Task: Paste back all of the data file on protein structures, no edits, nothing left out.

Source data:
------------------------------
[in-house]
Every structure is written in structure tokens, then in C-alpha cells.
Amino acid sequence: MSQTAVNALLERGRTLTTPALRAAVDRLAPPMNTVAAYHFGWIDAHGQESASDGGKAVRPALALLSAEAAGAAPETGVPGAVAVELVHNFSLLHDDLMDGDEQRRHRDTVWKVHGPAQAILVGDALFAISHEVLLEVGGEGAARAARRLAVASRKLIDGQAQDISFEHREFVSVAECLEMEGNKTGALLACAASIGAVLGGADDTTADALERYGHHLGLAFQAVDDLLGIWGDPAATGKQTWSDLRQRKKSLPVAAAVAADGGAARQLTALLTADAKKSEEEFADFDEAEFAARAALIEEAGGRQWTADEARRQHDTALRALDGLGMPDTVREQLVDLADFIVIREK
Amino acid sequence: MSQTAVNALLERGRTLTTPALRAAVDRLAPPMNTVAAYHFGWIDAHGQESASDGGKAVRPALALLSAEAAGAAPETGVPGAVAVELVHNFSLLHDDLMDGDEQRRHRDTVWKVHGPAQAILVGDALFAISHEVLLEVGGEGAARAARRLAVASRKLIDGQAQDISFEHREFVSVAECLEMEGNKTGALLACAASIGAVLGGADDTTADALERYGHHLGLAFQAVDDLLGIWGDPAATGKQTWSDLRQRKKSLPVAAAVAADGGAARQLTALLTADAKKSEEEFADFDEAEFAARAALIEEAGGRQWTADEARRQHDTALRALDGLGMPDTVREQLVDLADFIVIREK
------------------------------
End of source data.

[in-house]
Every structure is written in structure tokens, then in C-alpha cells.
Amino acid sequence: MSQTAVNALLERGRTLTTPALRAAVDRLAPPMNTVAAYHFGWIDAHGQESASDGGKAVRPALALLSAEAAGAAPETGVPGAVAVELVHNFSLLHDDLMDGDEQRRHRDTVWKVHGPAQAILVGDALFAISHEVLLEVGGEGAARAARRLAVASRKLIDGQAQDISFEHREFVSVAECLEMEGNKTGALLACAASIGAVLGGADDTTADALERYGHHLGLAFQAVDDLLGIWGDPAATGKQTWSDLRQRKKSLPVAAAVAADGGAARQLTALLTADAKKSEEEFADFDEAEFAARAALIEEAGGRQWTADEARRQHDTALRALDGLGMPDTVREQLVDLADFIVIREK
Amino acid sequence: MSQTAVNALLERGRTLTTPALRAAVDRLAPPMNTVAAYHFGWIDAHGQESASDGGKAVRPALALLSAEAAGAAPETGVPGAVAVELVHNFSLLHDDLMDGDEQRRHRDTVWKVHGPAQAILVGDALFAISHEVLLEVGGEGAARAARRLAVASRKLIDGQAQDISFEHREFVSVAECLEMEGNKTGALLACAASIGAVLGGADDTTADALERYGHHLGLAFQAVDDLLGIWGDPAATGKQTWSDLRQRKKSLPVAAAVAADGGAARQLTALLTADAKKSEEEFADFDEAEFAARAALIEEAGGRQWTADEARRQHDTALRALDGLGMPDTVREQLVDLADFIVIREK